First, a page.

The walking foot

When you don’t have a quilting machine, a walking foot on your home machine is going to allow you to do machine quilting. The walking foot holds the bottom fabric feeding at the same speed as the top fabric, giving you even stitches.

You may need the walking foot when you’re attaching binding to the edges of your quilt. As you’re trying to attach binding, you’re going to have to sew through multiple layers: batting, the backing, quilt top and the two layers of binding too. The walking foot is fundamental for making sure that all the layers move together so that there’s not puckering in the quilt fabrics from attaching the binding.

The open-toe machine foot

This foot is quite common for quilting. It may have an open center or a center with a see-through plastic base. This is how you’re sewing exactly what you’re stitching and where they are as well. This foot helps you a lot especially in the machine applique stitches and you may want to have it too.

The quilting bar

This is rather a specialty attachment that quilters like to have. The quilting bar is attached to the back side of the presser foot and lets you quilt spaced lines on the quilt. You may adjust the bar to different widths and use it for the topstitching too.



Sewing Quilt Borders with Corner Squares- The Easy Steps

Feb. 20, 2017 by

If you’re interested into adding an interesting vibe to your quilt, try making quilt borders with corner squares. You may easily cut the corners from plain squares of fabric or you can make them from patchwork or applique quilt blocks.

The first thing to know is that you may create borders from lengthwise or crosswise cuts of fabric. The crosswise grain cuts are typically around 42” long so you need to piece them together if the quilt isn’t small. You may want to go with this kind of grain cuts as they’re a bit stretchier than the lengthwise grain cuts.

Keep in mind that if you want to use the lengthwise grain, you need extra yardage for cutting the longer borders, parallel to the selvage of your fabric.

The size of the corner squares

If you’re using pieced quilt blocks at corners, it’s important to know that the unfinished width of borders need to match the unfinished dimensions of the corner blocks. Let’s say that the border strips are 4-1/2” wide before sewing them to the quilt. This means that the blocks or the squares should be 4-1/2” x4-1/2”.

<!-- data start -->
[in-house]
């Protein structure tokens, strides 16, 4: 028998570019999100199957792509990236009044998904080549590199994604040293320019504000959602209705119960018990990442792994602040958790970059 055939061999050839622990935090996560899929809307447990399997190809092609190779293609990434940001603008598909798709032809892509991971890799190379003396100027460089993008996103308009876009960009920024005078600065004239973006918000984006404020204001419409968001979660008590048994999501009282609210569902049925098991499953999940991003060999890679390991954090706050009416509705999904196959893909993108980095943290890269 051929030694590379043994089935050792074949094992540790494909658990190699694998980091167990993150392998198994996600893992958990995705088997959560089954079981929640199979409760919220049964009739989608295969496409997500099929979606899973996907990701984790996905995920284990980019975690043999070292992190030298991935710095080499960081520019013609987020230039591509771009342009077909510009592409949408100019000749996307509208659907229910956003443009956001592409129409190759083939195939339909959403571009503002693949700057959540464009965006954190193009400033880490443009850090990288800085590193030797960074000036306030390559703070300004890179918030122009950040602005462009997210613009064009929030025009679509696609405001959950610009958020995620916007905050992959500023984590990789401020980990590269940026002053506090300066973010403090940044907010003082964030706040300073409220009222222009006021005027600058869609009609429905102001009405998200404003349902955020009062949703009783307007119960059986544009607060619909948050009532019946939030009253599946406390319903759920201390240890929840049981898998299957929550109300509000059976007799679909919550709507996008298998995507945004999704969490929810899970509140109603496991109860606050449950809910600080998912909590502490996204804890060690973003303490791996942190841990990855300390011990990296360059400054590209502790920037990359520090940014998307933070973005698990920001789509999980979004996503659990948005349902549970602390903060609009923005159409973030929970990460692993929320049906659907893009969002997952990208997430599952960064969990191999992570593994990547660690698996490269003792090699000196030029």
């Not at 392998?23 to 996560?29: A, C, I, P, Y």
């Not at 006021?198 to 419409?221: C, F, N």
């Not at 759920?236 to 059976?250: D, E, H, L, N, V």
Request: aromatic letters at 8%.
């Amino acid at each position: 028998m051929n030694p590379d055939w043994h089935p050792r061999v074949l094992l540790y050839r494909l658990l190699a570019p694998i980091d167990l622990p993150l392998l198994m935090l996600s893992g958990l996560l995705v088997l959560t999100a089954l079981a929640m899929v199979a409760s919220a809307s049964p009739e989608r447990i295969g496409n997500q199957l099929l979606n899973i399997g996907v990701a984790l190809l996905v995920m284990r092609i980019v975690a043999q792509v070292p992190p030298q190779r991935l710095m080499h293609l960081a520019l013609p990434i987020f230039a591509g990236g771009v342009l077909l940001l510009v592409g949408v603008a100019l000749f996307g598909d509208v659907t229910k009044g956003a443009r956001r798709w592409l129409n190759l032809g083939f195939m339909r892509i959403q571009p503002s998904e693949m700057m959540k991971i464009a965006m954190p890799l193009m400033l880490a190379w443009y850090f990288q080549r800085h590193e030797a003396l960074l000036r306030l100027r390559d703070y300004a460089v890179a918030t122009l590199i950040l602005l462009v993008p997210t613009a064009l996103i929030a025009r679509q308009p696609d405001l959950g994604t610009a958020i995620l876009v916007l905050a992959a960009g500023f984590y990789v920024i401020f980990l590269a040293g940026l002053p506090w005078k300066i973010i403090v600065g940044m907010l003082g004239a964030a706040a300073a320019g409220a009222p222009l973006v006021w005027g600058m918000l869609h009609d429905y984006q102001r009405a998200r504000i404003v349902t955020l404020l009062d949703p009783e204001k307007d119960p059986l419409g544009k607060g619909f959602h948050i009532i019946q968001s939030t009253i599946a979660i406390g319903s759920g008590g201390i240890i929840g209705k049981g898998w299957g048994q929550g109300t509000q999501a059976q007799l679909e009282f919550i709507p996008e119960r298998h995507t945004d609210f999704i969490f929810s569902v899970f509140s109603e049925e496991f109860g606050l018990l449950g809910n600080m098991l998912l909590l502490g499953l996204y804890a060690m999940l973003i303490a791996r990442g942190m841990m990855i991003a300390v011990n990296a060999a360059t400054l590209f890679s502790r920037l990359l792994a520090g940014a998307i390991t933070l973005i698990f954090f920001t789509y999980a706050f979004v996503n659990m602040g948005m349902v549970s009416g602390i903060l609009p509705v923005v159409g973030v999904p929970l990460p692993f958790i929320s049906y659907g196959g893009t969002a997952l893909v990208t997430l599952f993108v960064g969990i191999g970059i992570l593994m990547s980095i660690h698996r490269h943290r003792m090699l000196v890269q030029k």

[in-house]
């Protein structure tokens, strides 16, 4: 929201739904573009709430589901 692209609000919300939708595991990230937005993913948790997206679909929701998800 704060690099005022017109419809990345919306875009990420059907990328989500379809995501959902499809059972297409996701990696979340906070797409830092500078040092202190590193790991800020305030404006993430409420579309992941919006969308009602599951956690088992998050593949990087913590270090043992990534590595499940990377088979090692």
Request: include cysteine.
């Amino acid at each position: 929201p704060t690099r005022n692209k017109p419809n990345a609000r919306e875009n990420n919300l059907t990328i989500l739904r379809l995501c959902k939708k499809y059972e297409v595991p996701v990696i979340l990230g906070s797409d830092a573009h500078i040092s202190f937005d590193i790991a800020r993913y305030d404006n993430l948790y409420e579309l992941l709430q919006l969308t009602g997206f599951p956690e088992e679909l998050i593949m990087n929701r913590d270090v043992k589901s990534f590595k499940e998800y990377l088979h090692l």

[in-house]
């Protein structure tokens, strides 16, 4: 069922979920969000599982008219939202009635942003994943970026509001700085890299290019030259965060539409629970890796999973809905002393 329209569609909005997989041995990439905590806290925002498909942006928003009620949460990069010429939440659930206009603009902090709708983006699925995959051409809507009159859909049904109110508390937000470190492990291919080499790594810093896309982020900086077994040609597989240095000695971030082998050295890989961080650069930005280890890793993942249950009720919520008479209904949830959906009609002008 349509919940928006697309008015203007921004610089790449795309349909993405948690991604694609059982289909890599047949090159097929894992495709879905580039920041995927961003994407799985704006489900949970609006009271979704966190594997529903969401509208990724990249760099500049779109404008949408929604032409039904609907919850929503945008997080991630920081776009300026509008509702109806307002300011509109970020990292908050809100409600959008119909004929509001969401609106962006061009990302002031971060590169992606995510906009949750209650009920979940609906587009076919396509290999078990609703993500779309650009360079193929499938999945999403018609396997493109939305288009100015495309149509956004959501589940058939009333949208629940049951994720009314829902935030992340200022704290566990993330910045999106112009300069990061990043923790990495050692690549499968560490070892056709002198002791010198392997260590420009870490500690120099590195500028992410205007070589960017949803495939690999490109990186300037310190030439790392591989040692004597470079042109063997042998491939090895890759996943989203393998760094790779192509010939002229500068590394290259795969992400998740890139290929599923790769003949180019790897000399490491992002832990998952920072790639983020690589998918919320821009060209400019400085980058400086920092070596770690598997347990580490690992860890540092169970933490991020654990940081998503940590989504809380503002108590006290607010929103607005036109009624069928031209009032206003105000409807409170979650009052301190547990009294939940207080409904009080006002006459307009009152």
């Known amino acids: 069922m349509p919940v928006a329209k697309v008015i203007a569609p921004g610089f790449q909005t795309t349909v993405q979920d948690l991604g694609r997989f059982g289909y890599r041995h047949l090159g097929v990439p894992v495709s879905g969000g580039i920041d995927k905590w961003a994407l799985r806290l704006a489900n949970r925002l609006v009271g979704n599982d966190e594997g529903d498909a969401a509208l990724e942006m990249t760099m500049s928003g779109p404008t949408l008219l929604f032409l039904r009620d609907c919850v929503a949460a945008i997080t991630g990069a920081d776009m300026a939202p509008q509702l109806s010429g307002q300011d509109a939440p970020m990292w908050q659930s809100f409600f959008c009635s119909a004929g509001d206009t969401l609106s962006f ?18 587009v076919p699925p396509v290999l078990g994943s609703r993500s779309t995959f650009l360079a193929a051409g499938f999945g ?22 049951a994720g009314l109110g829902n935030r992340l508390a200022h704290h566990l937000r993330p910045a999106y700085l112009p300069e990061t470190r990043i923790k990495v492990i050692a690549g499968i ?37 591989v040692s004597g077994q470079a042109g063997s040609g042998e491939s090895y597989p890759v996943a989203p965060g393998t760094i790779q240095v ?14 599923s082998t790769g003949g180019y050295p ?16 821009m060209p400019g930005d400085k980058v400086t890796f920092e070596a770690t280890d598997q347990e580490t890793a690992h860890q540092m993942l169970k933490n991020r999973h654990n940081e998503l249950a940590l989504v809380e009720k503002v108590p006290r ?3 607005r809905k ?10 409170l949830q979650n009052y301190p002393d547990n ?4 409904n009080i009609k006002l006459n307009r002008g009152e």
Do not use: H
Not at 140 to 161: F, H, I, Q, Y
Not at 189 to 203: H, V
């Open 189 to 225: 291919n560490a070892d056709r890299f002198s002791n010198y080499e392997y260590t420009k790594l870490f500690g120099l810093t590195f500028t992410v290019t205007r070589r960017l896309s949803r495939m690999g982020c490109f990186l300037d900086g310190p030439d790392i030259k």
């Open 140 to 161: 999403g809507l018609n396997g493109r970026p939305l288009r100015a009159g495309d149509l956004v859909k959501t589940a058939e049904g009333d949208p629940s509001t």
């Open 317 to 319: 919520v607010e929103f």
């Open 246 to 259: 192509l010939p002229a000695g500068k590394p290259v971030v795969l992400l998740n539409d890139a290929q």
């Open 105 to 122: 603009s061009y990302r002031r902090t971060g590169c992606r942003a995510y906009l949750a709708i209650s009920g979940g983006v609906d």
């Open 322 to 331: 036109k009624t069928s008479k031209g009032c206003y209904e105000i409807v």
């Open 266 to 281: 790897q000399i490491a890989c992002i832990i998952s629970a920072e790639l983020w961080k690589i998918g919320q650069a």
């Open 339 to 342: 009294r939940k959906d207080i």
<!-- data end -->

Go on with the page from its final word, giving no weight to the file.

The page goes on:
In case the corners squares join in multiple borders, you should cut squares or even make blocks that fit the entire border width.

The border lengths and the corner squares

You should to continue with measuring the quilt through its vertical midpoint by the same way you do it when joining borders to the quilt. Cut or build two borders to use on the left and right size of the quilt.

Measure the quilt the same way through its horizontal midpoint, cutting or building two borders to use along the top and bottom edges of your quilt.

Continue with sewing the side borders to the quilt, following the rules for butted borders. Sew the corner pieces to every end of the top and bottom borders too. You should also press seams towards the borders.

Match the seams where the corners and side borders meet and sew the borders to the quilt, matching all the way of the edge.

Measure when sewing the borders

Always measure the quilt through its vertical point the same way when adding butted borders to the quilt. Don’t measure for borders along the outer edges of the quilt as they’re always a bit off.

Sew some strips or cut individual panels, in order to create two borders, the same length of the right and left sides.

Match the endpoints and midpoints and sew the side borders, using the tips for butted borders. Ease any differences and secure fabrics with some straight pins.

Don’t forget to also press seam allowances.

Measure your quilt through the horizontal midpoint and build two borders for the top and bottom edges of your quilt.

Quilt a block or sew a corner square to every end of both top and bottom borders, pressing seams towards the borders.

Continue with sewing the borders to the quilt, but make sure that you match it where the corners and side borders meet. Match midpoints all the way the whole edge.

One last tip

Try not to piece the long borders. If it’s possible, cut the whole border length from yardage for the shortest sides of the quilt. Reverse the directions above and start by sewing the short borders to the quilt.